Which is often hard. I want to see a better, more sustainable, more humane, more meaningful culture. I have often felt that we don't have much of a chance of getting it. Too often, the more I learned, the more the social and psychological dynamics seemed stacked against us. And then I'd encounter a new innovation, some unexpected allies, or a sudden turn of events that opened doors I didn't even know existed. I've come to believe that things are getting better and better and worse and worse, faster and faster, simultaneously. And so I've found myself bouncing back and forth between optimism and pessimism. "Things are going to work out well." Or: "There's going to be real disaster!" It's been really exhausting.

But lately something's changing about all this. I've begun to notice how the whole optimism/pessimism dichotomy is a death trap for my aliveness and attention. I watch myself acting as if my sense of what might happen is a description of reality. And what I notice is this: whether I expect the best or the worst, my expectations interfere with my will to act. That's so important I'm going to repeat it. Whether I expect the best or the worst, my expectations interfere with my will to act. I've started viewing both optimism and pessimism as spectator sports, as forms of disengagement masquerading as involvement. Both optimism and pessimism trick me into judging life and betting on the odds, rather than diving into life with my whole self, with my full co-creative energy. I think Y2K calls us to transcend such false end-games like optimism and pessimism. I think it calls us to act like a spiritually healthy person who has just learned they have heart disease: we can use each dire Y2K prognosis as a stimulant for reaching more deeply into life and co-creating positive change.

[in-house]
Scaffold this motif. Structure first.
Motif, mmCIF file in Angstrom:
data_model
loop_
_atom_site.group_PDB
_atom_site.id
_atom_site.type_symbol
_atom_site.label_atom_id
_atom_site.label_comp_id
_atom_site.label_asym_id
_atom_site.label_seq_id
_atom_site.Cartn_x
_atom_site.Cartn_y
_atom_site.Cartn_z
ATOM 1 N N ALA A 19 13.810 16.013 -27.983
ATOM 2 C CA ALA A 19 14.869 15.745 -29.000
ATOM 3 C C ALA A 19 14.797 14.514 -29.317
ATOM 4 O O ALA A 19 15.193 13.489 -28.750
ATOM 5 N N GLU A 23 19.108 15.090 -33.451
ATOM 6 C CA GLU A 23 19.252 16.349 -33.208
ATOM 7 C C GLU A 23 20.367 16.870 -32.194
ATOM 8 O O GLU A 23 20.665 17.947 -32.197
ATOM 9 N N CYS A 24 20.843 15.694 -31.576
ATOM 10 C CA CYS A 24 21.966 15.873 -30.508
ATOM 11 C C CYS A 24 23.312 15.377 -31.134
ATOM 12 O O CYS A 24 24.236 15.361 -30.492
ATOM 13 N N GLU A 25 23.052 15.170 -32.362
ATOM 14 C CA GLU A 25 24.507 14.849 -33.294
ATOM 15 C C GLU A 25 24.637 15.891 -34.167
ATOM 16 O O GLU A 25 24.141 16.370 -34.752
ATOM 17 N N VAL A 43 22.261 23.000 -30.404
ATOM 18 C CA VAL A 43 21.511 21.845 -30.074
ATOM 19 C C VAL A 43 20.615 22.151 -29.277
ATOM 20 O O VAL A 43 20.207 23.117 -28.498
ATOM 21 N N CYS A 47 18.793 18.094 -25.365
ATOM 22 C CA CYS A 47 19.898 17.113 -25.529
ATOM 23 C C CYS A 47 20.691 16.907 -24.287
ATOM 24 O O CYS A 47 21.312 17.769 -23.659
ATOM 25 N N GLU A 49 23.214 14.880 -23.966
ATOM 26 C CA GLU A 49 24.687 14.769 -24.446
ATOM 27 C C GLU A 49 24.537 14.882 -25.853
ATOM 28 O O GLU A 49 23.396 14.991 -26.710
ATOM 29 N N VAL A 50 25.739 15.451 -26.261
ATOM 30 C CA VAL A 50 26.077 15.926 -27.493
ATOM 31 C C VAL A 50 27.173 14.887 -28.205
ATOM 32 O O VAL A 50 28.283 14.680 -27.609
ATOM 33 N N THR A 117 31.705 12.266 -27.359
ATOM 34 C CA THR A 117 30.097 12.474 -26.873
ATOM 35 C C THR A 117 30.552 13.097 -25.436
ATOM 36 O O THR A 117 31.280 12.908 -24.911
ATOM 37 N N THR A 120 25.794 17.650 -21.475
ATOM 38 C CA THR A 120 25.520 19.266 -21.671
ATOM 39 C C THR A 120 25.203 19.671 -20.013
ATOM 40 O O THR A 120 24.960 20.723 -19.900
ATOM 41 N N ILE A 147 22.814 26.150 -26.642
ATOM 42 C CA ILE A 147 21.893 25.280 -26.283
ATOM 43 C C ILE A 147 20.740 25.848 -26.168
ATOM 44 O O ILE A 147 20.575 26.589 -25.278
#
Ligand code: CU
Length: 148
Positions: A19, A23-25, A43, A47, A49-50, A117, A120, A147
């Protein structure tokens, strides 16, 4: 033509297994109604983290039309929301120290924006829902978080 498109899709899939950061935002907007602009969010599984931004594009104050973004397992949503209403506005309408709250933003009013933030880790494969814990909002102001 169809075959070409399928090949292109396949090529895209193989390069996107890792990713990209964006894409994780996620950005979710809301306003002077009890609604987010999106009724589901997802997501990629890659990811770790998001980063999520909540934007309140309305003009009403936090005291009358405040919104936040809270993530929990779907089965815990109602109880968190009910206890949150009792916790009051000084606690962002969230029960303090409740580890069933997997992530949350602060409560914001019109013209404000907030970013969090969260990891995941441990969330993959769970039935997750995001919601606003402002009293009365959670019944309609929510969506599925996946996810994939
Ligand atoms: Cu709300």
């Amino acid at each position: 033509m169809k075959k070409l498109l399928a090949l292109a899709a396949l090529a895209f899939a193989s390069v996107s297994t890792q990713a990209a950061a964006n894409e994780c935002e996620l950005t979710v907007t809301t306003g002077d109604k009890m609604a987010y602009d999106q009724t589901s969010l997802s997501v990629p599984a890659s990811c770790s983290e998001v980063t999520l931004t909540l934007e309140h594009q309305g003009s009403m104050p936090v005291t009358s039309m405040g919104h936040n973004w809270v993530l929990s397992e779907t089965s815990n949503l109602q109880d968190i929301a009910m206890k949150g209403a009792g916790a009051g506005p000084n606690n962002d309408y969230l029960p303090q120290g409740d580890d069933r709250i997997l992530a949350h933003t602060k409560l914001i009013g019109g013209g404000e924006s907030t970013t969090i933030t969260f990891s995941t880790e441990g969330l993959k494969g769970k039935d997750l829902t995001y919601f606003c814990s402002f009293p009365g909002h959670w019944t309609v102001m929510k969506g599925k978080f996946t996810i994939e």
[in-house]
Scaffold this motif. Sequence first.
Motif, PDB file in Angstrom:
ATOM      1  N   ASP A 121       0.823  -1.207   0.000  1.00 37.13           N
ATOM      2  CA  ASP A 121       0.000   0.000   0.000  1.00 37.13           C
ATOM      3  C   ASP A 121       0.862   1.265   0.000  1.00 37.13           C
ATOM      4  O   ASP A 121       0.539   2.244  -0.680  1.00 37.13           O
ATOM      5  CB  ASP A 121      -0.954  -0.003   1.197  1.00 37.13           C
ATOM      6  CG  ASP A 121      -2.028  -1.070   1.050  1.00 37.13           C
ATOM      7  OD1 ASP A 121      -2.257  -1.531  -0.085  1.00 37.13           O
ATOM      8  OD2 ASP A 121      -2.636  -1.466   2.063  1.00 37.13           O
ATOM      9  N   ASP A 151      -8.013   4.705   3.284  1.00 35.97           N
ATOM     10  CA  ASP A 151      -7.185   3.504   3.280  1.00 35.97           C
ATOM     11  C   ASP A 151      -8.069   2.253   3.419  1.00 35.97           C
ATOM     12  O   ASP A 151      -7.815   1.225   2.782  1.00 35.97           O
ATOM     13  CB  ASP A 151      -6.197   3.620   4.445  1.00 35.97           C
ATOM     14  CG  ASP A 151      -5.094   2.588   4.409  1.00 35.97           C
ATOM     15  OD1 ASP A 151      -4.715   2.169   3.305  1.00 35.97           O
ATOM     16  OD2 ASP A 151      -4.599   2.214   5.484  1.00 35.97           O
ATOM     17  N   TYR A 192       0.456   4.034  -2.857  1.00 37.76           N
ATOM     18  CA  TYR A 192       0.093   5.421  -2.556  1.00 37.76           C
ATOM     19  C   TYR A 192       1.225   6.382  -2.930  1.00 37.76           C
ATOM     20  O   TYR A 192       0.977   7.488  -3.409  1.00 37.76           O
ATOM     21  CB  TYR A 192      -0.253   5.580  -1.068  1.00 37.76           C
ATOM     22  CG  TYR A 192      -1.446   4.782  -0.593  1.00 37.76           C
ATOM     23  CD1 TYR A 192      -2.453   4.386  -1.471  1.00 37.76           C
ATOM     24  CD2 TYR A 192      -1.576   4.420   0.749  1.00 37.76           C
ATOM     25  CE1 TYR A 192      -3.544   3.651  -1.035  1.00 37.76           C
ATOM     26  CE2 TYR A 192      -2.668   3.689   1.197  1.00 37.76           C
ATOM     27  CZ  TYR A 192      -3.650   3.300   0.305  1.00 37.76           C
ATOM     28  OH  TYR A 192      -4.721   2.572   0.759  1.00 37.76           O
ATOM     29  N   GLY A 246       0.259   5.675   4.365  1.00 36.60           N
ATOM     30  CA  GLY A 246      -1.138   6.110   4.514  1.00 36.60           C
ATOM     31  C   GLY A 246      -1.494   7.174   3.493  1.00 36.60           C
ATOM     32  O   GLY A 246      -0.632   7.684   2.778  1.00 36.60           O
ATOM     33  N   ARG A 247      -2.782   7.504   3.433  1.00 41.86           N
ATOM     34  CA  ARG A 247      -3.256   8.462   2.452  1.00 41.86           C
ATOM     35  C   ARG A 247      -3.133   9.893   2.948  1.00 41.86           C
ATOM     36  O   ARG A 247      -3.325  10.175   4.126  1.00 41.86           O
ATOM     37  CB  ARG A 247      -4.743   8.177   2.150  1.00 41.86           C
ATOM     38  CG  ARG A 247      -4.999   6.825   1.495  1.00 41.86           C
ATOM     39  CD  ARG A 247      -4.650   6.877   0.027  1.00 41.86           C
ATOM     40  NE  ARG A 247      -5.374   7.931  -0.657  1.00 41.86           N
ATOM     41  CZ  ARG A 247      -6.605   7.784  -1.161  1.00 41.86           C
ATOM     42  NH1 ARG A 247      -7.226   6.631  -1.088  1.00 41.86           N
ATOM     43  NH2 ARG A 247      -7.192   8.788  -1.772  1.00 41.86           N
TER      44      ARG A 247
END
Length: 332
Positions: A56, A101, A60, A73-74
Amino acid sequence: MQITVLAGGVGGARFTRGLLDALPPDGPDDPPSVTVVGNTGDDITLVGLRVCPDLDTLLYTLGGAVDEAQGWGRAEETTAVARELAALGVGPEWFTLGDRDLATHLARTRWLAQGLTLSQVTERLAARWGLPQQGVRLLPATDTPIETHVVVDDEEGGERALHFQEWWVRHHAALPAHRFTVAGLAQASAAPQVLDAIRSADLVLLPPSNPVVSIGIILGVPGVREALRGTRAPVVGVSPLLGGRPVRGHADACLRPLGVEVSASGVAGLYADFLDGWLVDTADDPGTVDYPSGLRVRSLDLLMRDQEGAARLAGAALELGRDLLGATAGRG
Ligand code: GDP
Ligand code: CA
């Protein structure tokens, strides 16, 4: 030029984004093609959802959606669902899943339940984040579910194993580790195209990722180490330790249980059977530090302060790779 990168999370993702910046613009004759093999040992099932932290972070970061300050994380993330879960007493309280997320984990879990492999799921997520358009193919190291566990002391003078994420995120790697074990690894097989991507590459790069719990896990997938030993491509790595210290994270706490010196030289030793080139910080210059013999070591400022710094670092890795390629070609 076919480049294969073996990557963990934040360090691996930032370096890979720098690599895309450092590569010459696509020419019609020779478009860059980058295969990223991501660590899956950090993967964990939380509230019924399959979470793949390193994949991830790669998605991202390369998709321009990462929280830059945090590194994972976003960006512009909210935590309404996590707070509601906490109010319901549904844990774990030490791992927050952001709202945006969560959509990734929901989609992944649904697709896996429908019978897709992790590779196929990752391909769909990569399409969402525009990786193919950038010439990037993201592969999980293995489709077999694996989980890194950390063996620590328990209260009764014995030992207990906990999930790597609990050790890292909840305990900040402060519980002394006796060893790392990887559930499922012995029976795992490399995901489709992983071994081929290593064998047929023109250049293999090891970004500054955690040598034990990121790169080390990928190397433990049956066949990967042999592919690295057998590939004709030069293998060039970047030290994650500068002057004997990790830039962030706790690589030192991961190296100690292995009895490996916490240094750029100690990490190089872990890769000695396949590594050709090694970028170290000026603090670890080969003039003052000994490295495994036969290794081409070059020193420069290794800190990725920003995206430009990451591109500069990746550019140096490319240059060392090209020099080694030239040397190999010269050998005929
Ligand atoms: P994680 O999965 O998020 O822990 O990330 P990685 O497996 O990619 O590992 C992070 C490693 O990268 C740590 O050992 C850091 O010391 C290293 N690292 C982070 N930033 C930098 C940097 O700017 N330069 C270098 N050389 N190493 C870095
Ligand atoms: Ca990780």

And so I've come to conclude that all the predictions -- both good and bad -- tell us absolutely nothing about what is possible. Trends and events only relate to what is probable. Probabilities are abstractions. Possibilities are the stuff of life, visions to act upon, doors to walk through. Pessimism and optimism as both distractions from living life fully.

More and more, I'm seeing myself as an ally or midwife of positive possibilities. Those possibilities need me to help them move towards becoming real. True, we often need miracles, but miracles can only go so far. Miracles need us to meet them halfway. I'm trying to move as far towards the miracles as I can, and draw them out.

I'll probably never know if I've moved far enough, if we've moved far enough. But the movement, itself, is so alive I can hardly stand it. And I keep meeting incredible companions like you (whose value to me evoked this response), and doing unbelievable things together. The world could not be more filled with possibilities than it is now. On the wind I smell good food cooking out there somewhere. My appetite for what could be lifts me to the road again, over and over, where I get covered with dust, tired, sore and discouraged. And then I smell it again, and the sun rises.



PS: A note on wisdom, related to this, which I just found in papers I was cleaning up (heaven knows when I wrote it, among all these stacks of paper)... "I see God in the infinitely complex and co-creative power of nature. When Jesus said we should be like the lilies of the field, he was surely inviting us to sit there and gaze at the clouds. But perhaps he meant more, as well. Perhaps he was inviting us to participate in the wholesome patterns of nature woven from strands of wisdom laid by the hands of a wise God and/or by the trials of four billion years of evolution. We people can never hope to replace this wisdom with some substitute derived from our own intrinsically small-picture intelligence. But we can learn and follow this natural wisdom. This insight informs permaculture and aikido, as well as meditators."

PPS: Thank you for giving me the opportunity to clarify my own thinking here. I hope it is of some use to you, for it arose from my caring about you. We have a very long and amazing road to go yet.